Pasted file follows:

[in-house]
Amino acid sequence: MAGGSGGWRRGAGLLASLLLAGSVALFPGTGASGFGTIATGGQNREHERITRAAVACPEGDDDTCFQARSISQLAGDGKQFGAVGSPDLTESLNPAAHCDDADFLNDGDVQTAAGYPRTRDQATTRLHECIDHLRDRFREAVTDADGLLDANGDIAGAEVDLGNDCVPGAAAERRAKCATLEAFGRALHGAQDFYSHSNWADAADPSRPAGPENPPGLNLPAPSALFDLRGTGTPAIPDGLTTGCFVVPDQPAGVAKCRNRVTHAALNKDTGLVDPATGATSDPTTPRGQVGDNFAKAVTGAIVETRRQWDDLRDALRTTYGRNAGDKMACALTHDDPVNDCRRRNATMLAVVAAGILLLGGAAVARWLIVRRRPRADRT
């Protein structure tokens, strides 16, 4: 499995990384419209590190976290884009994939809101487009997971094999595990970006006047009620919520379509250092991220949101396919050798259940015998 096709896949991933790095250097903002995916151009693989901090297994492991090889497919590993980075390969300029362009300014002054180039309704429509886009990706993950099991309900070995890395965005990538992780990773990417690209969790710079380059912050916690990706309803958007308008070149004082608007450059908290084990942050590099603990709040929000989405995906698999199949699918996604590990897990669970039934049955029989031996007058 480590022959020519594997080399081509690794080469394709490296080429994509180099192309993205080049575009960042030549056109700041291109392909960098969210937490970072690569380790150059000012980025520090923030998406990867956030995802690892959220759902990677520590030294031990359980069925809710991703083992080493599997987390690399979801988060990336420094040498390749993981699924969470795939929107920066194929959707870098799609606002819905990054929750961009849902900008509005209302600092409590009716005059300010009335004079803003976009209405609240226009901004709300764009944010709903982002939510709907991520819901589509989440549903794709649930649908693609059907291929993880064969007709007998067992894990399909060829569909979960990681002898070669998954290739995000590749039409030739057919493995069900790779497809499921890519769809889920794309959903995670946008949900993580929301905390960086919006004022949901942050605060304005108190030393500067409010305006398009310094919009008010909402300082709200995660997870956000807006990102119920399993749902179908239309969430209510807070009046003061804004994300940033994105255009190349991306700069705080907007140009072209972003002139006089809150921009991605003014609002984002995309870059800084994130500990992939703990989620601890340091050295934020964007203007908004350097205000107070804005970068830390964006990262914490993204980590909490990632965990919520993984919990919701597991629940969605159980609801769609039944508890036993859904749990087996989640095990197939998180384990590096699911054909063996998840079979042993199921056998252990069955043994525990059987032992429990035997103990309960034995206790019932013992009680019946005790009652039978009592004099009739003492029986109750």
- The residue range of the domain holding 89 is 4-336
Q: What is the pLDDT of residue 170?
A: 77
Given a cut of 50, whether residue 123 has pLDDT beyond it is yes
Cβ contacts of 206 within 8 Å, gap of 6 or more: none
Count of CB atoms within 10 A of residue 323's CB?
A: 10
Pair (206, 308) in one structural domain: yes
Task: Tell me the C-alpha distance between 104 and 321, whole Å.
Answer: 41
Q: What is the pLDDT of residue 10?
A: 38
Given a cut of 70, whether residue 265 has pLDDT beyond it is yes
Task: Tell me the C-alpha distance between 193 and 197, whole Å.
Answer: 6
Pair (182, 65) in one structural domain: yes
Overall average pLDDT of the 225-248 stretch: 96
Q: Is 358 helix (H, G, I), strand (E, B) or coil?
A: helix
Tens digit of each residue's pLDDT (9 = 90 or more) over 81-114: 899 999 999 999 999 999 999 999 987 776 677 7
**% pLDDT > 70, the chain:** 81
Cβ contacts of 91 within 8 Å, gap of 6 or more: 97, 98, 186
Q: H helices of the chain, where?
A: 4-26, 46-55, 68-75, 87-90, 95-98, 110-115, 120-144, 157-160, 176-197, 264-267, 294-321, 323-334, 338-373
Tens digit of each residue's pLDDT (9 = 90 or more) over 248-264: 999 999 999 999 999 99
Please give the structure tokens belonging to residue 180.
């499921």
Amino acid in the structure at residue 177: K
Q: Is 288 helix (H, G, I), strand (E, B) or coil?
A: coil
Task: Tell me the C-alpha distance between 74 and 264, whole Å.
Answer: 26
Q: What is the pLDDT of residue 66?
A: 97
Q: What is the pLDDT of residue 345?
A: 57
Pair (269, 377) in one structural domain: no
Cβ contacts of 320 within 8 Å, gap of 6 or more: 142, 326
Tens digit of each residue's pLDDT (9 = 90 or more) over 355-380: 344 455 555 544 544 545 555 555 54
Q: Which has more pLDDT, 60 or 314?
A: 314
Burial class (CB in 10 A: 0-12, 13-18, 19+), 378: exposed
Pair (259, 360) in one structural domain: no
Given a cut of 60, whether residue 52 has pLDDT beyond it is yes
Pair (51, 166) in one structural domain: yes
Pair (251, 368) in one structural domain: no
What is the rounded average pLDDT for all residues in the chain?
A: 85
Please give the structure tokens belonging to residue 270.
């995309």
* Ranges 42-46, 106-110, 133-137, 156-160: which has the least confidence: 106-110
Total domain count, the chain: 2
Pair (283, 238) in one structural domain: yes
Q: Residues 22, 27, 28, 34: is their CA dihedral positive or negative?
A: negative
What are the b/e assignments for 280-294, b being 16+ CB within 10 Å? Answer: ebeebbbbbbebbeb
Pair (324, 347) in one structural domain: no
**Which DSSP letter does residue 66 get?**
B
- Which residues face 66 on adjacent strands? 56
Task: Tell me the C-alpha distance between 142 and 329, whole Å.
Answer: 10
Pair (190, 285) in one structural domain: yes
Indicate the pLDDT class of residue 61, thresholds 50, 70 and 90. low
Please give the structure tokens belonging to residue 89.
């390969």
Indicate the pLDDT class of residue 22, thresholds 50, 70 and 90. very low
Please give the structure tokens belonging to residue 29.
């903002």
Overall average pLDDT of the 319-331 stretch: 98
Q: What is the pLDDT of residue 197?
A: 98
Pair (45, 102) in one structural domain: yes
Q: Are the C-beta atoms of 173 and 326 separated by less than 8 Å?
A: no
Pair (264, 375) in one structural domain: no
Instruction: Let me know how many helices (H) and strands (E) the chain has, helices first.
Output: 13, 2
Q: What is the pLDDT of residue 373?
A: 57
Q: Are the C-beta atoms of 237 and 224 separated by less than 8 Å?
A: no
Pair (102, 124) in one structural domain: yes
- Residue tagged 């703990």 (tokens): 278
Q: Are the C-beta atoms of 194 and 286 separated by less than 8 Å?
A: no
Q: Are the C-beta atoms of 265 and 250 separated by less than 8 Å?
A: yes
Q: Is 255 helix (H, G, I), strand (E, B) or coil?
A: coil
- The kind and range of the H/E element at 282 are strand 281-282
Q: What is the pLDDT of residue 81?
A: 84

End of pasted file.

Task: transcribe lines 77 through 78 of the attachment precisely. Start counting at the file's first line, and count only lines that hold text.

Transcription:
Q: Are the C-beta atoms of 173 and 326 separated by less than 8 Å?
A: no